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Archive for the ‘Post-Traumatic Stress’ Category

Treatments for Work-Related Post-Traumatic Stress Disorder

January 28th, 2021 at 10:03 am

IL workers comp lawyer, IL PTSD attorney Certain jobs can carry significant risks compared to other occupations. For example, police officers, firefighters, and paramedics can be exposed to dangerous conditions on a regular basis. Much of their work involves dealing with extreme situations, such as a car accident, explosion, or othe types of catastrophic events. While performing the duties of their jobs, these workers can sustain physical injuries such as gunshot wounds, burns, or broken bones. In addition, they can suffer mental and emotional scars, too. Post-traumatic stress disorder (PTSD) is a condition that is triggered by experiencing or witnessing a frightening event. Symptoms may include flashbacks, nightmares and anxiety, and more. Filing a workers’ compensation claim may alleviate some of the financial hardship if a person is unable to work because of work-related post-traumatic stress disorder.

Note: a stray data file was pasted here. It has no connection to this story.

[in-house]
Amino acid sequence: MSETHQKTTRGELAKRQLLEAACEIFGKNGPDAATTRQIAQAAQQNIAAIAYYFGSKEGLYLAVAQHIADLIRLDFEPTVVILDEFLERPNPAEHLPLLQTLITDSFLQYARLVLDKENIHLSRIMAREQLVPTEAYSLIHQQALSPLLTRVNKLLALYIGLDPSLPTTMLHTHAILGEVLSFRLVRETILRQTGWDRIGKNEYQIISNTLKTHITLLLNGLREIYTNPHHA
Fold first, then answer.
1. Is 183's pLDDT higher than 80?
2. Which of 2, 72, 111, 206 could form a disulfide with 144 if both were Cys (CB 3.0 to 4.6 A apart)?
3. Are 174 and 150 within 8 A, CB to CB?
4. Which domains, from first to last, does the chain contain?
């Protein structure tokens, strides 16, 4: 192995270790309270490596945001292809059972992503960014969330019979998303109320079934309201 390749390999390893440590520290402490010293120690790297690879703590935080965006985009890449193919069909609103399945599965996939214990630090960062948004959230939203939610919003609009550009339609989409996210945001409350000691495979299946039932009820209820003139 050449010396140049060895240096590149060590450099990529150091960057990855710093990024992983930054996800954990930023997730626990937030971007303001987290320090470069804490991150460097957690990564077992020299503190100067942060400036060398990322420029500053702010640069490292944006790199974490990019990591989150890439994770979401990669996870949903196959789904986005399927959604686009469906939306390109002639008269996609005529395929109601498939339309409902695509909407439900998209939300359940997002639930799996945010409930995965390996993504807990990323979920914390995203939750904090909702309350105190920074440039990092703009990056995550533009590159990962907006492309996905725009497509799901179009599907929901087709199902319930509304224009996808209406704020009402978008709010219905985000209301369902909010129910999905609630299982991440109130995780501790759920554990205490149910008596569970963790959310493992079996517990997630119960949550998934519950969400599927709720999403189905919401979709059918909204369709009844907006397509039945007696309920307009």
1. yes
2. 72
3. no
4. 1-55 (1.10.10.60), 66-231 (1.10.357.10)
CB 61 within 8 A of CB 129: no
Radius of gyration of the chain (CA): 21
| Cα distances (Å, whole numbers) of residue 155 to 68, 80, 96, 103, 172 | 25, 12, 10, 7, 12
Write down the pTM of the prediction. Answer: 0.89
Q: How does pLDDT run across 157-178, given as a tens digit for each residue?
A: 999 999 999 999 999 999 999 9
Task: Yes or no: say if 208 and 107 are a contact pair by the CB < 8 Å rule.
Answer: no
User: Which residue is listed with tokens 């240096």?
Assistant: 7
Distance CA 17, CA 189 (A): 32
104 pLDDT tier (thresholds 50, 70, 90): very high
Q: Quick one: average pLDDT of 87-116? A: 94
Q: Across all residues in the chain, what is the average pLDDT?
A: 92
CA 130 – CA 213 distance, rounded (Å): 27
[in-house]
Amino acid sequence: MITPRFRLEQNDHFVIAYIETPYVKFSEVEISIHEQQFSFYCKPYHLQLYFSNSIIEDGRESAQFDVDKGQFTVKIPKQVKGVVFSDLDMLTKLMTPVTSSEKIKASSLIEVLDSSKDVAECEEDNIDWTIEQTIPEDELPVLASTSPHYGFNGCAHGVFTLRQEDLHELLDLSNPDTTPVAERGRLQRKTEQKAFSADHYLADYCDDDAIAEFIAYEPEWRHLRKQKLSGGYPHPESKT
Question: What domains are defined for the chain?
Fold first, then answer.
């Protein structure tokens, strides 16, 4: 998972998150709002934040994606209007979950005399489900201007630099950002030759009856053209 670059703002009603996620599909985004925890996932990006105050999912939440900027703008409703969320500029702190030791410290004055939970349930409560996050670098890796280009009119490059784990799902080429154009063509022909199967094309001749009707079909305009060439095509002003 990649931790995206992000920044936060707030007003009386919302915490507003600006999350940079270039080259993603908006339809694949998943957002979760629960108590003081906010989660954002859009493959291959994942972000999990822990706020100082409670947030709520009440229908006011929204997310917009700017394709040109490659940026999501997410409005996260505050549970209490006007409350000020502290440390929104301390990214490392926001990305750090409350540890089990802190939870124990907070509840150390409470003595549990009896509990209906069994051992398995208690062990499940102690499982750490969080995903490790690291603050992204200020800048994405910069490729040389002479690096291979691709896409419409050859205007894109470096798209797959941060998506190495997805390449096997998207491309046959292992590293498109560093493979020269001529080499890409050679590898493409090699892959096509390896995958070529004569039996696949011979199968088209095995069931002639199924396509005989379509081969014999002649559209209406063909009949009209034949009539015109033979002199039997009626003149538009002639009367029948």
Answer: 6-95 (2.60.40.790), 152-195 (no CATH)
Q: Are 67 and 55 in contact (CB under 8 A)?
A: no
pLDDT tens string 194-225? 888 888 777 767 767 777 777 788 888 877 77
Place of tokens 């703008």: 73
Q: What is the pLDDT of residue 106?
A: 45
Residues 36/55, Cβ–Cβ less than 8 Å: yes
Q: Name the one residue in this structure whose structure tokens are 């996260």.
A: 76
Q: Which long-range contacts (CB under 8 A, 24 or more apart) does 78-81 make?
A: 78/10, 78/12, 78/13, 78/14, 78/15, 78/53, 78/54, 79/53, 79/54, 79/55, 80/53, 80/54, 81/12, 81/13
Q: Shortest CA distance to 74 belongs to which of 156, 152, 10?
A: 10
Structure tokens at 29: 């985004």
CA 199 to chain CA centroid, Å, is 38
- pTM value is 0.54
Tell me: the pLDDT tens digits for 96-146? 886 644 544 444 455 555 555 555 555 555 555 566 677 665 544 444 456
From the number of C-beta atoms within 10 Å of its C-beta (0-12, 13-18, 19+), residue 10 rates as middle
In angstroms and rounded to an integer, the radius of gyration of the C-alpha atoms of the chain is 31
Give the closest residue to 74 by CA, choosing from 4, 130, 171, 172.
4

Mental Health Rehabilitation

Although any traumatic event can trigger feelings of anxiety, fear, or depression, many times these symptoms go away after a period of time. However, when they last a long time and hinder someone from performing their job or normal activities, he or she may be diagnosed with PTSD. Obtaining the appropriate treatment after PTSD symptoms surface can be crucial to reduce the severity of them and any long-lasting effects on a person’s mental state. The goal is to change any disruptive thought patterns. This might occur through talking about the trauma or concentrating on where the fears actually come from.

Some of the common way to treat PTSD patients include the following cognitive-behavioral therapies: